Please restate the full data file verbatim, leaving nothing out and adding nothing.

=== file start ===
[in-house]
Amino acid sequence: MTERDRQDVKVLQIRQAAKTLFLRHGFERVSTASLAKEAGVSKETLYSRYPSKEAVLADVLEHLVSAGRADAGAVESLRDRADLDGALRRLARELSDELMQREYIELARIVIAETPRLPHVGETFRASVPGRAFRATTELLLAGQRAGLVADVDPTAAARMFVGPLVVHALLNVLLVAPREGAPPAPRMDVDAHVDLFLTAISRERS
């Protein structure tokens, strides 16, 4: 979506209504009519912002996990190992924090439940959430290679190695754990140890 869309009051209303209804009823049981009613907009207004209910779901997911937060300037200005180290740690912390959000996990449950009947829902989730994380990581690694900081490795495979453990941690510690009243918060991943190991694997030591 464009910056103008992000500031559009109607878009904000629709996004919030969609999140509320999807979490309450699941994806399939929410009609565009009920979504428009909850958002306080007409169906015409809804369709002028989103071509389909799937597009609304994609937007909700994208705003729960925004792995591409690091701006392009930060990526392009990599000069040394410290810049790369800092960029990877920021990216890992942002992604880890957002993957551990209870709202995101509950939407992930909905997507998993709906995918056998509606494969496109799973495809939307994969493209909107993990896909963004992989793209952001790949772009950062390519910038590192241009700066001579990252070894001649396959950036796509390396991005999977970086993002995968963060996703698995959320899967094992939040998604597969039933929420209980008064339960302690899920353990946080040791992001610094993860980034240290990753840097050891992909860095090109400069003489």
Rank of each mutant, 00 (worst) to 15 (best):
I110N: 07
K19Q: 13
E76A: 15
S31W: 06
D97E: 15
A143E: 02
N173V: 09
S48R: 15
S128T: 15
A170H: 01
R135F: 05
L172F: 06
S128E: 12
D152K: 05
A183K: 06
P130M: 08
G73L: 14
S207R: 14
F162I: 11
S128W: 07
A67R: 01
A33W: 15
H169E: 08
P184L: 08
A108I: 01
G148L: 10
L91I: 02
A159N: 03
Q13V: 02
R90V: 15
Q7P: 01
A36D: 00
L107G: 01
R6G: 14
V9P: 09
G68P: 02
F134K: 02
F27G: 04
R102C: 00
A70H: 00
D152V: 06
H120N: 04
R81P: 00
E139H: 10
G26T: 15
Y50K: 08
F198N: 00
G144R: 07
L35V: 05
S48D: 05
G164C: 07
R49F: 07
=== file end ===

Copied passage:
[in-house]
Amino acid sequence: MTERDRQDVKVLQIRQAAKTLFLRHGFERVSTASLAKEAGVSKETLYSRYPSKEAVLADVLEHLVSAGRADAGAVESLRDRADLDGALRRLARELSDELMQREYIELARIVIAETPRLPHVGETFRASVPGRAFRATTELLLAGQRAGLVADVDPTAAARMFVGPLVVHALLNVLLVAPREGAPPAPRMDVDAHVDLFLTAISRERS
């Protein structure tokens, strides 16, 4: 979506209504009519912002996990190992924090439940959430290679190695754990140890 869309009051209303209804009823049981009613907009207004209910779901997911937060300037200005180290740690912390959000996990449950009947829902989730994380990581690694900081490795495979453990941690510690009243918060991943190991694997030591 464009910056103008992000500031559009109607878009904000629709996004919030969609999140509320999807979490309450699941994806399939929410009609565009009920979504428009909850958002306080007409169906015409809804369709002028989103071509389909799937597009609304994609937007909700994208705003729960925004792995591409690091701006392009930060990526392009990599000069040394410290810049790369800092960029990877920021990216890992942002992604880890957002993957551990209870709202995101509950939407992930909905997507998993709906995918056998509606494969496109799973495809939307994969493209909107993990896909963004992989793209952001790949772009950062390519910038590192241009700066001579990252070894001649396959950036796509390396991005999977970086993002995968963060996703698995959320899967094992939040998604597969039933929420209980008064339960302690899920353990946080040791992001610094993860980034240290990753840097050891992909860095090109400069003489």
Rank of each mutant, 00 (worst) to 15 (best):
I110N: 07
K19Q: 13
E76A: 15
S31W: 06
D97E: 15
A143E: 02
N173V: 09
S48R: 15
S128T: 15
A170H: 01
R135F: 05
L172F: 06
S128E: 12
D152K: 05
A183K: 06
P130M: 08
G73L: 14
S207R: 14
F162I: 11
S128W: 07
A67R: 01
A33W: 15
H169E: 08
P184L: 08
A108I: 01
G148L: 10
L91I: 02
A159N: 03
Q13V: 02
R90V: 15
Q7P: 01
A36D: 00
L107G: 01
R6G: 14
V9P: 09
G68P: 02
F134K: 02
F27G: 04
R102C: 00
A70H: 00
D152V: 06
H120N: 04
R81P: 00
E139H: 10
G26T: 15
Y50K: 08
F198N: 00
G144R: 07
L35V: 05
S48D: 05
G164C: 07
R49F: 07